Weekly Health Columns

February 14, 2018

Have a Hearty, Healthy Heart

I once had a father-in-law who always gave up smoking for Lent. What’s a little weird is that back then (it was the 60s) none of us thought it odd that he picked up his cigarettes again on Easter Sunday. He died of a heart attack when he was 63. Today is Ash Wednesday. I […]

February 7, 2018

Experts explain benefits of cardiac rehabilitation

If you or someone you know has suffered from a heart attack or surgery it’s likely that your medical team recommended you attend a 12-week rehabilitation program. Unfortunately, many choose to ignore that advice despite the fact that it’s covered under most insurances and Medicare. Here are some experts on the subject to hopefully enlighten […]

January 31, 2018

Let’s Answer Questions About the Flu

The news is full of dreadful, heartbreaking stories about this being the worst flu season since the 2009 swine flu pandemic. So, I thought it would be a good idea to answer some questions you may have such as how can you tell it’s the flu, when should you seek medical care and what can […]

January 24, 2018

Live it, don’t diet – A look at Intensive Behavioral Therapy

“Lose 30 pounds in 30 days!” the tabloid magazine headline screamed at me at the grocery store right after Christmas. I was waiting behind a woman with enough groceries to feed a third world country, so I picked up the rag and began to read it. “I bet it says to cut off your head,” […]

January 17, 2018

Most Common Form of Glaucoma Has No Warning Signs

The survey says: Thirty percent of us have never heard of glaucoma; fifty percent of us have heard about it, but aren’t sure what it is, and twenty percent of us know that it’s related to elevated eye pressure, but think it is curable. The survey was conducted for the Glaucoma Research Foundation back in […]

January 10, 2018

Living With Parkinson’s Disease

About a million people in the U.S. are living with Parkinson’s disease (PD) most of whom are men over the age of 60. PD is a neurodegenerative disorder. Also referred to as a movement disorder it happens when nerve cells in the brain don’t produce enough of a brain chemical called dopamine. Early symptoms can […]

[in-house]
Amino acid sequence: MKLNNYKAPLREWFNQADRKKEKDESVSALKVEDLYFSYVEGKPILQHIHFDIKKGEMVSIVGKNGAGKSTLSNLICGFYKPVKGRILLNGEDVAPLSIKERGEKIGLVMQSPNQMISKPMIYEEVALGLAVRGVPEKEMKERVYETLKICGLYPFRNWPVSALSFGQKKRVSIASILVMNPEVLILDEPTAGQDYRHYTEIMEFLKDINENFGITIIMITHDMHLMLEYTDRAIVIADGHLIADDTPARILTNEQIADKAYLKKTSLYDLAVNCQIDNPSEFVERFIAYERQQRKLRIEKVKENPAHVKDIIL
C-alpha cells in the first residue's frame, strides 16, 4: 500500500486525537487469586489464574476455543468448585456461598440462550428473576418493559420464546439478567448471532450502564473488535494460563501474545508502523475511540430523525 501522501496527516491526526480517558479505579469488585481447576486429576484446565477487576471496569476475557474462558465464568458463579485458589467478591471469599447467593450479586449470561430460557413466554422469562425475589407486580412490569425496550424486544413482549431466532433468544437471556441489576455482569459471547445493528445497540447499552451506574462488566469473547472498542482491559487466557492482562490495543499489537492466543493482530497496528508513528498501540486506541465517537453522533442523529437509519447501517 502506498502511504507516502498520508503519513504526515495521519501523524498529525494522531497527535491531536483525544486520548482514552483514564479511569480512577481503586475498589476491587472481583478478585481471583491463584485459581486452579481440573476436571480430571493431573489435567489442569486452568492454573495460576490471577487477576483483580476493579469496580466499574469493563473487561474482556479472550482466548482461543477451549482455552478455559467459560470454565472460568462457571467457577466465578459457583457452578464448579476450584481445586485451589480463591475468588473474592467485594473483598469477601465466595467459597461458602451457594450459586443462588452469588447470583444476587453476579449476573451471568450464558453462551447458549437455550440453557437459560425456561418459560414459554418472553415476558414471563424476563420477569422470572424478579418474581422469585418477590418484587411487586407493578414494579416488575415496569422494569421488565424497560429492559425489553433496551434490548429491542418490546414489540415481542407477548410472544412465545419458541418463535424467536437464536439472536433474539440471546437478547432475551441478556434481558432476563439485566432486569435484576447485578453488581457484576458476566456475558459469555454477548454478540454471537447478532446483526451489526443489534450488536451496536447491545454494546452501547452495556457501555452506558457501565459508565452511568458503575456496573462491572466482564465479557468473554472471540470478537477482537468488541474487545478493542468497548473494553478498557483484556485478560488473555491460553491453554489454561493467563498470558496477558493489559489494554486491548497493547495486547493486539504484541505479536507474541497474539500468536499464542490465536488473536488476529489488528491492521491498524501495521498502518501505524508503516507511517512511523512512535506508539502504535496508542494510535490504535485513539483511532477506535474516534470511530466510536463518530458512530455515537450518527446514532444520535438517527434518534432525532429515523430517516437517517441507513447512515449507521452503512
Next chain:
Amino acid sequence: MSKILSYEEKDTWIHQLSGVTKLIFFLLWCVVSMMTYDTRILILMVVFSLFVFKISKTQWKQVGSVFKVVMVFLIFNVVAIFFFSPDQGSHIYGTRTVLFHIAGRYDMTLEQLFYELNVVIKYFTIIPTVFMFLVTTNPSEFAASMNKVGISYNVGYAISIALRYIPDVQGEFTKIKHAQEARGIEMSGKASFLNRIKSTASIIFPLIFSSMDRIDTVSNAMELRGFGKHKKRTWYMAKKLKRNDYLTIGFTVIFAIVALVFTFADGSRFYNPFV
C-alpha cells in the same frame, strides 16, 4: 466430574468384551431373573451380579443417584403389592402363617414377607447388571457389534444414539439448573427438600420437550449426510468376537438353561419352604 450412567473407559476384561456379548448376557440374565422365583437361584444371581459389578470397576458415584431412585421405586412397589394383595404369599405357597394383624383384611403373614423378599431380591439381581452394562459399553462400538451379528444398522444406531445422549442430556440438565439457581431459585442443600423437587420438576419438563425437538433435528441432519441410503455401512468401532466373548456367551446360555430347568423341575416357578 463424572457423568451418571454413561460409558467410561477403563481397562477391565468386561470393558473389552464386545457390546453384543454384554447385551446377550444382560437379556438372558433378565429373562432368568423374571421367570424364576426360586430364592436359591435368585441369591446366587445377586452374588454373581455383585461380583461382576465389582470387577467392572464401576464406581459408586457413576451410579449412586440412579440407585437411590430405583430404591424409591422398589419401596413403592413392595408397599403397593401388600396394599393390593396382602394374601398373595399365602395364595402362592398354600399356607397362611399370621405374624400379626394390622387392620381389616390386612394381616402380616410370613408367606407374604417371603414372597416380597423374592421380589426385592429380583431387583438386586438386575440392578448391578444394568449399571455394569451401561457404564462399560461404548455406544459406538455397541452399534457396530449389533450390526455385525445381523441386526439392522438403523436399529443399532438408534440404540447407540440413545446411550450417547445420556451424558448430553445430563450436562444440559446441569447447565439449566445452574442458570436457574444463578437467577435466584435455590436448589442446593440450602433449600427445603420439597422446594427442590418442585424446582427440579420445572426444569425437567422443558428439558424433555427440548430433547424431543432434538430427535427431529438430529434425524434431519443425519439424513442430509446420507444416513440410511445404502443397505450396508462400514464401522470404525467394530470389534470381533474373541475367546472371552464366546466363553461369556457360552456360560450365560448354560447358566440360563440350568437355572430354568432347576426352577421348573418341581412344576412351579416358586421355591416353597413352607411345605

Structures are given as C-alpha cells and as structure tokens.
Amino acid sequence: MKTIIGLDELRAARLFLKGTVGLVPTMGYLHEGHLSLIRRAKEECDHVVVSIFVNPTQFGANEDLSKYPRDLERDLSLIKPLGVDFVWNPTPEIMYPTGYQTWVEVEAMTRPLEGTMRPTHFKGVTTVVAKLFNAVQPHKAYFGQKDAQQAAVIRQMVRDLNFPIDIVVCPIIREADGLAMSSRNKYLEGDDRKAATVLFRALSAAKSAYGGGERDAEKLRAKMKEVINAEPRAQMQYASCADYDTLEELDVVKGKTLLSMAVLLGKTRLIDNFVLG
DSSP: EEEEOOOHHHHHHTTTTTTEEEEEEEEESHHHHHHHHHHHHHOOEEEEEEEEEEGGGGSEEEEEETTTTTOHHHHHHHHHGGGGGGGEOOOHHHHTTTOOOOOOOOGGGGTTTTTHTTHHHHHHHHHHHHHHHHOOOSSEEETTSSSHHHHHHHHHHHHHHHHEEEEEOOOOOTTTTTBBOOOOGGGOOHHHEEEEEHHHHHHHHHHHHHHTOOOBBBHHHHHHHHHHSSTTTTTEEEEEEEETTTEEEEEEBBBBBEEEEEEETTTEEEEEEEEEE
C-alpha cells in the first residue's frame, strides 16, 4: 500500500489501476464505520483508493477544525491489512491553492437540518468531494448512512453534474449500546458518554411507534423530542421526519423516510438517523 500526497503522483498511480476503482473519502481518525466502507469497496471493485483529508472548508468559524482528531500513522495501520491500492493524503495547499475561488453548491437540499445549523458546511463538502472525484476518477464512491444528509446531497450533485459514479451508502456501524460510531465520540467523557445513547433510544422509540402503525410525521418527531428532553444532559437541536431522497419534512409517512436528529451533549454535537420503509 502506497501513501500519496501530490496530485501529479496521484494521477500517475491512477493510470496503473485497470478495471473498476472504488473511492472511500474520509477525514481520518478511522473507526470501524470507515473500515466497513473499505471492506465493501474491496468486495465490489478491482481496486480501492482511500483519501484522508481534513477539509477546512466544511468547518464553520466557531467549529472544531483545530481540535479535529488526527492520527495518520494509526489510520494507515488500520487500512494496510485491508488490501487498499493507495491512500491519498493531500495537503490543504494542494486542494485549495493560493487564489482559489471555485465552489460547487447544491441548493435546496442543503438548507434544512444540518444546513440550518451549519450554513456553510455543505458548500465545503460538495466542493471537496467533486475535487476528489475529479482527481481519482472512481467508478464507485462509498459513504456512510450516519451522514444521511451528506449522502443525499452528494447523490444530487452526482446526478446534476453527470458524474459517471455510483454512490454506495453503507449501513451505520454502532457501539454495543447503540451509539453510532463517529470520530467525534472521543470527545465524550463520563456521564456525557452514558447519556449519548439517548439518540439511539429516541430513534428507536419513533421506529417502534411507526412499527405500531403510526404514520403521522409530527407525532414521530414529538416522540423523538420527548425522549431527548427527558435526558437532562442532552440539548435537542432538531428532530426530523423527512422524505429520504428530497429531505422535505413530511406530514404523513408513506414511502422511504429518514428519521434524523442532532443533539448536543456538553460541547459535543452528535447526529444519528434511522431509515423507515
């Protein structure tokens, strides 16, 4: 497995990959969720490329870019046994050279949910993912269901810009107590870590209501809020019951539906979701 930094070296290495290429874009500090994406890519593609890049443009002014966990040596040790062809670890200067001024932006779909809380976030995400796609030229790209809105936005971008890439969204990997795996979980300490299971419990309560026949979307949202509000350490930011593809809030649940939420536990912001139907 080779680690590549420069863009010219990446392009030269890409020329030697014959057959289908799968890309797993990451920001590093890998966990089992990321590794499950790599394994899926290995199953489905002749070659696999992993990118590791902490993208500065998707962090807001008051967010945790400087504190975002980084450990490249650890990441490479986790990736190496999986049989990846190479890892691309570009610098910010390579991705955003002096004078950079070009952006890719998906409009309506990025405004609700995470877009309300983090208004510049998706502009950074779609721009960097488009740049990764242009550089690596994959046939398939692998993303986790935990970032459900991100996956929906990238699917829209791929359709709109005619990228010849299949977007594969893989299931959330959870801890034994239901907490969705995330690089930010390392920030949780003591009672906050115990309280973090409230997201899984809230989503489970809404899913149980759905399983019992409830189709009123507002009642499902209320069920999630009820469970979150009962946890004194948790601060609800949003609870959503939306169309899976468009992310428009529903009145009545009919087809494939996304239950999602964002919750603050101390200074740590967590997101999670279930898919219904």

January 3, 2018

What Everyone Should Know About Cervical Cancer

        About 13,000 new cases of invasive cervical cancer will be diagnosed this year and around 4,000 women will die from it. Since roughly 99 percent of cervical cancers are caused by the human papillomavirus (HPV), the good news is that it can go the way of smallpox and polio with vaccinations. […]

December 27, 2017

Two wishes for the New Year

There are a couple things (actually there are a lot more, but two will work for now) that I’ve observed that really bugged me this year. And, the solutions are really simple, or at least I think they are. It’s your health, you decide. Wearing helmets and other safety gear. During the summer I walked […]

December 20, 2017

What you should know about warfarin

It’s funny how conversations take bunny trails sometimes. Just the other day, an old friend of mine and I were talking about where to get the best deals on Christmas wrapping paper (we were torn between Walmart and the Dollar Tree) and the next thing I know we’re talking about blood thinners. What? Actually, we […]

December 13, 2017

Women’s health issues should not be taboo subjects

Keyword search “women’s health” and you will get a wide variety of articles about fertility and lack thereof, menstrual pain and length of duration, discomfort during intercourse and how to please your lover, cervical cancer, bladder control and pelvic prolapse, STDs and, of course, menopause. Did I forget one or two? Maybe. But you get […]

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